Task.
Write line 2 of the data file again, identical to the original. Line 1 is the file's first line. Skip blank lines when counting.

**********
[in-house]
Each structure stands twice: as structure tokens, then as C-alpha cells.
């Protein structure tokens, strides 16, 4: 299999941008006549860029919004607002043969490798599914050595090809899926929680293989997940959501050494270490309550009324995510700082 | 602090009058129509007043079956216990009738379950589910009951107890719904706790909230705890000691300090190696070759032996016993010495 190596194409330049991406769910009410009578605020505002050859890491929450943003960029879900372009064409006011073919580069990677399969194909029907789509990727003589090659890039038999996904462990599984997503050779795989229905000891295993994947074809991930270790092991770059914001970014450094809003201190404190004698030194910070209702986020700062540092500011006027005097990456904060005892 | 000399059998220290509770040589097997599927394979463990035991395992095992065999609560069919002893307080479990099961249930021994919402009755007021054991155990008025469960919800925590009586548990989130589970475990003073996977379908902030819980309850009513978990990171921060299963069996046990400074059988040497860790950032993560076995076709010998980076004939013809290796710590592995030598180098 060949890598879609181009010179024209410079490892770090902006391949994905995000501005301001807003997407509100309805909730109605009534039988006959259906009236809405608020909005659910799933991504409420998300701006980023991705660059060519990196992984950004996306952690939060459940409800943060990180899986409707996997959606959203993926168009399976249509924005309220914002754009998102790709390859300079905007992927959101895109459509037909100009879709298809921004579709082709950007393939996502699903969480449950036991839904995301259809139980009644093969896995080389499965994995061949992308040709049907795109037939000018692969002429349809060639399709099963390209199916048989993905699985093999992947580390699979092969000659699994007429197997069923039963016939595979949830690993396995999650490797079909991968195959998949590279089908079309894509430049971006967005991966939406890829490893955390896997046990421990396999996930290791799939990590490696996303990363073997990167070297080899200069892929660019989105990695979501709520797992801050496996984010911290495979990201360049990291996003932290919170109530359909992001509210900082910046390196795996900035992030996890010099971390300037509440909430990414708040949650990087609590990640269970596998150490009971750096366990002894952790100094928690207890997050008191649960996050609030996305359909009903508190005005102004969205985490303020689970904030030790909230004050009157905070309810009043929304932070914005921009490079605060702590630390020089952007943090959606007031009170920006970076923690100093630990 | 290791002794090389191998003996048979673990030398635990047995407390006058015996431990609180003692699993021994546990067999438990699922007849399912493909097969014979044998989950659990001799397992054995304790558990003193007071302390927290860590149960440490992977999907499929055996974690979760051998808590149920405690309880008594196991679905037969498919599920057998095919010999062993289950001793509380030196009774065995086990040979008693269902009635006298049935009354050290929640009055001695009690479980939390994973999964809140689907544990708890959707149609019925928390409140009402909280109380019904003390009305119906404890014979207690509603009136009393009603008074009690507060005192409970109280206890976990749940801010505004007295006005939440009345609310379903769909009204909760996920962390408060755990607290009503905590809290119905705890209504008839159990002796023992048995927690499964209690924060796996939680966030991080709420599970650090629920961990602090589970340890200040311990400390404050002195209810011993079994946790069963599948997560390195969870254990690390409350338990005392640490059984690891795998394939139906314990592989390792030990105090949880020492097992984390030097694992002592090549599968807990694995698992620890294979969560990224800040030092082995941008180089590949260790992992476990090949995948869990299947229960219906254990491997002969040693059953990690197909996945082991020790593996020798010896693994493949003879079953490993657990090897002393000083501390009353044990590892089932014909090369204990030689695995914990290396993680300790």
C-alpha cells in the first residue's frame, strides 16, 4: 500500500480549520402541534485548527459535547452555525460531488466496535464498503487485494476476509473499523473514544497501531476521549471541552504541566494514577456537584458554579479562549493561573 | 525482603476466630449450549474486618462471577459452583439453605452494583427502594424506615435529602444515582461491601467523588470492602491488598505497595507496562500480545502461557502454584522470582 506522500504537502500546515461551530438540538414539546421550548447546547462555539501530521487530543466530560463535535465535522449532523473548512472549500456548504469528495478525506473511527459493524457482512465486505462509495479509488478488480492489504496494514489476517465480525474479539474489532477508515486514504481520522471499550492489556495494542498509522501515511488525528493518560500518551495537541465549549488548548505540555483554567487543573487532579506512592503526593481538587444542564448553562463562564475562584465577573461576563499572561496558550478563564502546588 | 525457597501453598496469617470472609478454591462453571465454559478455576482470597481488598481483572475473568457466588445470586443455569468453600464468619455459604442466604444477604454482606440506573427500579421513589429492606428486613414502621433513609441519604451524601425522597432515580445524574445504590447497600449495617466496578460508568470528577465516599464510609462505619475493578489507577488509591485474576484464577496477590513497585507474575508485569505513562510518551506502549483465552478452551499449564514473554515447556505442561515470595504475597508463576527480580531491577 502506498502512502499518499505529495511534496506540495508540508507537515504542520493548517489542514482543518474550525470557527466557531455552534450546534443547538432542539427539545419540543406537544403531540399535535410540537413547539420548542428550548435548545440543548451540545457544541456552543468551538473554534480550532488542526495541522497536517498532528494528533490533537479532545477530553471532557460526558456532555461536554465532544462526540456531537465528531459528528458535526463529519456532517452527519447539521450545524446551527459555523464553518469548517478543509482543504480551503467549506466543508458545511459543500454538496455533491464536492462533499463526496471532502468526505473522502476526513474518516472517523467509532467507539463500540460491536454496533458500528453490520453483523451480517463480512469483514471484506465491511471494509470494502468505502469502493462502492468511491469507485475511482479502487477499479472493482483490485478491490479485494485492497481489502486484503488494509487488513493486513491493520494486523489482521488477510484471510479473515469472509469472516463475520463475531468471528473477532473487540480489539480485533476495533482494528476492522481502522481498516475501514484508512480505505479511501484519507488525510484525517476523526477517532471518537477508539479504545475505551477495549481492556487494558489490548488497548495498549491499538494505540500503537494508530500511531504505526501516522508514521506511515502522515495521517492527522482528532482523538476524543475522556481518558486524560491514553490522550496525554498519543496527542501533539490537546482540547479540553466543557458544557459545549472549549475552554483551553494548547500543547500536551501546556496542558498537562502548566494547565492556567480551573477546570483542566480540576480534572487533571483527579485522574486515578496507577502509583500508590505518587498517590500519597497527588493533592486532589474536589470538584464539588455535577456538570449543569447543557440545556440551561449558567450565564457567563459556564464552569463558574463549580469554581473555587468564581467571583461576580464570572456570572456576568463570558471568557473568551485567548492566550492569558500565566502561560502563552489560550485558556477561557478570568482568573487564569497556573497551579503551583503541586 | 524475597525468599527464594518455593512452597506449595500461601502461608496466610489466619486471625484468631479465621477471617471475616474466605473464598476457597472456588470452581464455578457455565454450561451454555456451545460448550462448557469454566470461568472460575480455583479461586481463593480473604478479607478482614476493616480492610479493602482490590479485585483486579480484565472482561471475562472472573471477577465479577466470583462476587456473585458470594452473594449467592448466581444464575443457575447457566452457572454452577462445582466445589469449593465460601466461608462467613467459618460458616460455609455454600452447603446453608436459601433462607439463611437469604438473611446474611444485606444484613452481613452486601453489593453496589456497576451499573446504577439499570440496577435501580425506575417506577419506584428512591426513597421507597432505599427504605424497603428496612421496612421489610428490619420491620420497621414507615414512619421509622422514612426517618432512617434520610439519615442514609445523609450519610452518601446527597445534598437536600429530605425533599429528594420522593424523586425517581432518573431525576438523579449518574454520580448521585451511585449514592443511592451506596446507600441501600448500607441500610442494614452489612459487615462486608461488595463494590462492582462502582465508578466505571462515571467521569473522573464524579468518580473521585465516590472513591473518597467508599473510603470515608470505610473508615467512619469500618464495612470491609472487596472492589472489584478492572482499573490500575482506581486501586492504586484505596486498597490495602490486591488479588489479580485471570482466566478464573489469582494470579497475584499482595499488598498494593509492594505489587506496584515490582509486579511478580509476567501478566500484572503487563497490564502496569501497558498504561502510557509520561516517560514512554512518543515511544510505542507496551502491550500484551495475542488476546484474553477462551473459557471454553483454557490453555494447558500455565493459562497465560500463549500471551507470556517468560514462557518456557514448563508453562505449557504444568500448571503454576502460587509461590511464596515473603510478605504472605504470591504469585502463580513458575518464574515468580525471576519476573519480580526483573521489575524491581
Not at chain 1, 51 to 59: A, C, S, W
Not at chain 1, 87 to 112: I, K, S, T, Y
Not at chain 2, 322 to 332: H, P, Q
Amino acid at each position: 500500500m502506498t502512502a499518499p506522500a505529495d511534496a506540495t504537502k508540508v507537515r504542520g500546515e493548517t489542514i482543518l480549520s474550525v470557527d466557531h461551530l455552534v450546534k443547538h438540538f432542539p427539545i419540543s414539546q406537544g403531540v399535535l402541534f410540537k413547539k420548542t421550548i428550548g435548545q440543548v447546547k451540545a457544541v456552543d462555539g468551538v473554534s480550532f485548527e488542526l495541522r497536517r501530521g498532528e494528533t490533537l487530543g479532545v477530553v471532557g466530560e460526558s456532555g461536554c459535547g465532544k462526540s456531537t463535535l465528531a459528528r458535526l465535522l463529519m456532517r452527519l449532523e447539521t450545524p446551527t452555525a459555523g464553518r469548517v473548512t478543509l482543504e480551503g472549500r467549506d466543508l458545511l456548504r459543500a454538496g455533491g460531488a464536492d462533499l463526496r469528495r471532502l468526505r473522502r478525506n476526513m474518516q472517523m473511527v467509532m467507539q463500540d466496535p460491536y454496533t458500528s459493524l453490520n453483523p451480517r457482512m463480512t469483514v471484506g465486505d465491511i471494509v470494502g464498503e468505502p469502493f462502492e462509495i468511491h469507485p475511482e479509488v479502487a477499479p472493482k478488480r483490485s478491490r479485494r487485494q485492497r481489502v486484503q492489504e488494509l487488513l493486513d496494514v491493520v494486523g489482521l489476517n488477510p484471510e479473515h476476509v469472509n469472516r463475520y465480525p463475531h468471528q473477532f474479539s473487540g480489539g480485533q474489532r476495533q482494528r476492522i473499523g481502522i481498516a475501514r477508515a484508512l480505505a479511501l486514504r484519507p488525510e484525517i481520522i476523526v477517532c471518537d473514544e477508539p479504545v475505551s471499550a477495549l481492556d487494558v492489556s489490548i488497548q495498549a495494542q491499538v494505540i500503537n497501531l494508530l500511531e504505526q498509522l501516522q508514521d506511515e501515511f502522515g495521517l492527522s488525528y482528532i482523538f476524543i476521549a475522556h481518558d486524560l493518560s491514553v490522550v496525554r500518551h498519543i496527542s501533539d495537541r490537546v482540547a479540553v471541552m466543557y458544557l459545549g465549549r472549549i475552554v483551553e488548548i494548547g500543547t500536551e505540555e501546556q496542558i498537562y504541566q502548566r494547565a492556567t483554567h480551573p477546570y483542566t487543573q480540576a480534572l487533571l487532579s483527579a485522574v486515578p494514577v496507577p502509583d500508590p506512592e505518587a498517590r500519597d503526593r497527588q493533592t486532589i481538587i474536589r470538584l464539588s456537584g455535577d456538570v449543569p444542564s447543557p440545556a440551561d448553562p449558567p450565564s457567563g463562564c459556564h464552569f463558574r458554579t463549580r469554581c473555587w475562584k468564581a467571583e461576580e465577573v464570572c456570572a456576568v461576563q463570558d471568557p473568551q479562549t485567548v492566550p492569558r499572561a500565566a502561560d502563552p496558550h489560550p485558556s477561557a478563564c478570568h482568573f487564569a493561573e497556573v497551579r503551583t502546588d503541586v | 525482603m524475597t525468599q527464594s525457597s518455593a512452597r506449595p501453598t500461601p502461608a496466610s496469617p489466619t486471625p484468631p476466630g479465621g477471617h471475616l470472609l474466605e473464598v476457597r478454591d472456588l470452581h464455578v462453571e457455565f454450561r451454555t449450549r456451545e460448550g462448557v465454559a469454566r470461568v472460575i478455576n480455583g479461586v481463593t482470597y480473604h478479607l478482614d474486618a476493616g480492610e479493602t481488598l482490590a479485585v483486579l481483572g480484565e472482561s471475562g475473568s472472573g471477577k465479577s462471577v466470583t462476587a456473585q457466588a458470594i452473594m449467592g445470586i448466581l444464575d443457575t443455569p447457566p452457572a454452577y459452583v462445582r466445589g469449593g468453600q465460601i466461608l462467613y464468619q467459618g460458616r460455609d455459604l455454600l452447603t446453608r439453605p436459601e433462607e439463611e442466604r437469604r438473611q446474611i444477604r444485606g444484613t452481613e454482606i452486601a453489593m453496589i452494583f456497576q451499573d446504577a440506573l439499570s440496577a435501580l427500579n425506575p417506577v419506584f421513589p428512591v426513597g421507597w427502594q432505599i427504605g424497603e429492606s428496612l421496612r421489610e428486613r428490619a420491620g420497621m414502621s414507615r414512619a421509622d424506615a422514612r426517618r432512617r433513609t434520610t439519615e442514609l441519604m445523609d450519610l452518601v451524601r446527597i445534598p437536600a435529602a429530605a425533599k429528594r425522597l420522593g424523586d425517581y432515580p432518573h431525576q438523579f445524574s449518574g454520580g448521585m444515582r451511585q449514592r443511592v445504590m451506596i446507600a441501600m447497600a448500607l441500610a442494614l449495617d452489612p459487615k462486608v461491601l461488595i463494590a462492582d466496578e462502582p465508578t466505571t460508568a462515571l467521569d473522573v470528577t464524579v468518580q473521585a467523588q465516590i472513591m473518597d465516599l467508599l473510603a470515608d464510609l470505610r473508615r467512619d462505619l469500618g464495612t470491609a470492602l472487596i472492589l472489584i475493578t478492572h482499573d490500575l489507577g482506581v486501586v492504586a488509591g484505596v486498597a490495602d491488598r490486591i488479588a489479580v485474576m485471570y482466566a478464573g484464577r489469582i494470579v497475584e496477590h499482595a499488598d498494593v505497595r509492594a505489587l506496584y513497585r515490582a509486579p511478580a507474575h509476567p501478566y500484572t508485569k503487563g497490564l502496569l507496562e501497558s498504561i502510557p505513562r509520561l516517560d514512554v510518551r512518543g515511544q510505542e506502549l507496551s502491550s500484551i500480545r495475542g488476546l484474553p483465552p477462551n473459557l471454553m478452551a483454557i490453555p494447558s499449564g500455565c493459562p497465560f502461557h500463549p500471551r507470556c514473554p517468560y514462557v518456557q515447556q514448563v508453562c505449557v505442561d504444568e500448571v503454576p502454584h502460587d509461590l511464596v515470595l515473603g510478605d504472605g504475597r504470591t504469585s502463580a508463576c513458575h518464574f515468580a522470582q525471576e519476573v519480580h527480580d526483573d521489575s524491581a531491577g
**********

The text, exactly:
Each structure stands twice: as structure tokens, then as C-alpha cells.